Elegant and Earthy, Porcini Mushrooms Can Add So Much to a Meal
There are many mushrooms out there and so many ways to add their earthiness to a dish or meal–but they're not all the same. Porcini mushrooms are unique so we thought we'd shine a light on them and give you a few ideas on how to cook with porcinis.
Related Recipe: Porcini Eggplant
What Are Porcini Mushrooms?
Porcini mushrooms are true wild mushrooms—they're not farmed or cultivated but they are edible mushrooms (also known as boletus edulis). Foragers find them in wet forests where pine, hemlock and oak trees grow. These large, stubby brown-capped mushrooms have a meaty flavor similar to shiitake mushrooms, but it's not quite as sharp. The big caps and dense stems give you a lot to work with in the kitchen, including an indescribable umami flavor. Porcini are unique in that instead of having gills, the undersides of the caps are smooth. While their name suggests they grow in Italy (and they do), they also grow in other parts of the world. You can find them in forests in other parts of Europe, North America (including the United States), New Zealand and South Africa.
Related Recipe: Pork Tenderloin Stuffed with Porcini Mushrooms
Buying Porcini Mushrooms
If you time it right, you might be able to buy fresh porcini mushrooms at your regular grocery store, but you might have better luck at a specialty store or the farmers' market. Dried porcini mushrooms are easier to find. They're available in most places where dried mushrooms are sold, or you can find dried porcini online. Canned porcini are also an option, but their flavor is often muted.
Related Recipe: Slow-Cooker Mushroom Soup with Sherry
Whether you're an omnivore who likes to elevate a dish with mushrooms or a vegetarian who likes the texture and weight mushrooms give to a meatless meal, you'll get a lot more out of this fungus than just flavor. Porcini offer iron, vitamin C, vitamin A, fiber and some protein. (Check out 5 Amazing Health Benefits of Mushrooms here.)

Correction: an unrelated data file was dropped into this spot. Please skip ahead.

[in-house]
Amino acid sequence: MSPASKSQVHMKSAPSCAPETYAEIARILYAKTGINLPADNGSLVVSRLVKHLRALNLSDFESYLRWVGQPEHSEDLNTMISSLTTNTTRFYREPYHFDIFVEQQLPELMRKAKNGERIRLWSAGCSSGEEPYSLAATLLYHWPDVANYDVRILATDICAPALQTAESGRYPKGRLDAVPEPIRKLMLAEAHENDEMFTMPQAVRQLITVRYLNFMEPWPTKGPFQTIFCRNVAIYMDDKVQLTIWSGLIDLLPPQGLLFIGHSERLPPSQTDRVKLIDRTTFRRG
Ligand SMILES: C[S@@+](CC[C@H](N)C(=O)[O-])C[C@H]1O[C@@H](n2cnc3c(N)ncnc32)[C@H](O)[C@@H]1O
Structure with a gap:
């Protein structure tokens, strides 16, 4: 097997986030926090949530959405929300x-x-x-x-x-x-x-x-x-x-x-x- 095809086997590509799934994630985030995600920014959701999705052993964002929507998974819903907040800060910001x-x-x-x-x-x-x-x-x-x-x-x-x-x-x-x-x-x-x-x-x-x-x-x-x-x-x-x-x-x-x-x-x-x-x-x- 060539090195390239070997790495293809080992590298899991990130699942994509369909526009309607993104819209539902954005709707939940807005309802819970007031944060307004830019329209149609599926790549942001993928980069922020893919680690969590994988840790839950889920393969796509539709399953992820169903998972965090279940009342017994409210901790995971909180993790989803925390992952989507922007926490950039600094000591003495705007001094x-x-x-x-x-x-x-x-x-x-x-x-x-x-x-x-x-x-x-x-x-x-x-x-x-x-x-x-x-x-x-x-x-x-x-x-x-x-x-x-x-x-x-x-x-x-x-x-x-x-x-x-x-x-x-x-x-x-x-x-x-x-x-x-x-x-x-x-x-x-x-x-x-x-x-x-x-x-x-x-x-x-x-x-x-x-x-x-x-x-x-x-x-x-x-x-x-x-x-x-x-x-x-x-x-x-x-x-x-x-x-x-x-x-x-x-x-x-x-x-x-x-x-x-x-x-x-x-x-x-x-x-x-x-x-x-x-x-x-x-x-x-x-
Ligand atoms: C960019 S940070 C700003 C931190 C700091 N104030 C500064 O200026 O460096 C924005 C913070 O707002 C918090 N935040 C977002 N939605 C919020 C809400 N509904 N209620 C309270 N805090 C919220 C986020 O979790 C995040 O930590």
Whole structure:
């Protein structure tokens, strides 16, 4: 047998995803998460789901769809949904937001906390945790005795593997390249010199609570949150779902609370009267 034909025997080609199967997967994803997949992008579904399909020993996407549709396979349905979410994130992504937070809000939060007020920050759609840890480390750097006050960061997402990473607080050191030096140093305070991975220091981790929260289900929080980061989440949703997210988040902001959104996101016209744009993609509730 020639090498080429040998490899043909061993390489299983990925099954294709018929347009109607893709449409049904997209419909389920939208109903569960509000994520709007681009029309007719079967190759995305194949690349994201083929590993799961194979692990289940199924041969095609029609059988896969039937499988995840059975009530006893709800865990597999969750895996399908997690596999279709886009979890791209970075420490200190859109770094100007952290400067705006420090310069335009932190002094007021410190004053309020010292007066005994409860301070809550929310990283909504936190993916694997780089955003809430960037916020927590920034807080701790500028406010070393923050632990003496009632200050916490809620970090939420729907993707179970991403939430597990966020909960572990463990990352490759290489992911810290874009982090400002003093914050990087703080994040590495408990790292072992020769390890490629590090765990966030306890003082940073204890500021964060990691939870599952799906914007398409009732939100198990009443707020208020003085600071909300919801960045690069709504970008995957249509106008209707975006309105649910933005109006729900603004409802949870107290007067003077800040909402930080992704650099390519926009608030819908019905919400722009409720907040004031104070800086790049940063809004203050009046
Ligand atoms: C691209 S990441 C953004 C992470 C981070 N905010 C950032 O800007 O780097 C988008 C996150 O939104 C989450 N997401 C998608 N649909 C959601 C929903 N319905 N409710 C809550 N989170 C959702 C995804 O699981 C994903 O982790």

Related Recipe: Fennel, Porcini & Chicken Cacciatore
How to Cook with Porcini Mushrooms
While people love fresh mushrooms, dried porcini mushrooms are easiest to come by and that's not a bad thing. Dried mushrooms add a lot of earthy flavor to broths and soups when they're ground into a powder, but you can also rehydrate them and cook with them as you would with fresh mushrooms.
To do this, pouring boiling water over them and let them steep in hot water for 20 to 30 minutes. Drain them through a fine-mesh strainer or cheesecloth over a bowl. And don't toss out their soaking liquid! It's full of rich and earthy mushroom flavor and can be added to stews, soups and sauces or risotto. If you're lucky enough to find fresh porcini, brush or gently rinse the mushroom caps to get rid of any dirt. From there, you can chop and sauté them, add them to soup, or even grill them whole. Fresh porcini mushrooms are best used as soon as possible but can be kept in the refrigerator in a paper bag for up to 3 days.